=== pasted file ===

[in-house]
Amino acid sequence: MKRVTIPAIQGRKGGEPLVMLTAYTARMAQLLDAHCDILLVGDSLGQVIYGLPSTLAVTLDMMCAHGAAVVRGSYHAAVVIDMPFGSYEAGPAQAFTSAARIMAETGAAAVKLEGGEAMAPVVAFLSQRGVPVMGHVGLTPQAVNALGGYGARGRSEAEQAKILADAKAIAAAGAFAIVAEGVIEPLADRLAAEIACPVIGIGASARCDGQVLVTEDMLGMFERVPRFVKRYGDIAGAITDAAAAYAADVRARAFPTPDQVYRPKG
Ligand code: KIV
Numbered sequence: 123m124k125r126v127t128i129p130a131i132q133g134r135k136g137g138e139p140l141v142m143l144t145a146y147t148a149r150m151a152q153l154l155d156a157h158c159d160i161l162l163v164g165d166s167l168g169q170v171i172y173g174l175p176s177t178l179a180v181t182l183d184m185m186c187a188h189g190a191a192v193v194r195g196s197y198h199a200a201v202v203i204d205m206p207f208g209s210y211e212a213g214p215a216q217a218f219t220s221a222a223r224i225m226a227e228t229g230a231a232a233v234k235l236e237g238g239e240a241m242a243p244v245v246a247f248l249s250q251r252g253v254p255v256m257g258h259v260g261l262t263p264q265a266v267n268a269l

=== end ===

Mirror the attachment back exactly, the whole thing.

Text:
[in-house]
Amino acid sequence: MKRVTIPAIQGRKGGEPLVMLTAYTARMAQLLDAHCDILLVGDSLGQVIYGLPSTLAVTLDMMCAHGAAVVRGSYHAAVVIDMPFGSYEAGPAQAFTSAARIMAETGAAAVKLEGGEAMAPVVAFLSQRGVPVMGHVGLTPQAVNALGGYGARGRSEAEQAKILADAKAIAAAGAFAIVAEGVIEPLADRLAAEIACPVIGIGASARCDGQVLVTEDMLGMFERVPRFVKRYGDIAGAITDAAAAYAADVRARAFPTPDQVYRPKG
Ligand code: KIV
Numbered sequence: 123m124k125r126v127t128i129p130a131i132q133g134r135k136g137g138e139p140l141v142m143l144t145a146y147t148a149r150m151a152q153l154l155d156a157h158c159d160i161l162l163v164g165d166s167l168g169q170v171i172y173g174l175p176s177t178l179a180v181t182l183d184m185m186c187a188h189g190a191a192v193v194r195g196s197y198h199a200a201v202v203i204d205m206p207f208g209s210y211e212a213g214p215a216q217a218f219t220s221a222a223r224i225m226a227e228t229g230a231a232a233v234k235l236e237g238g239e240a241m242a243p244v245v246a247f248l249s250q251r252g253v254p255v256m257g258h259v260g261l262t263p264q265a266v267n268a269l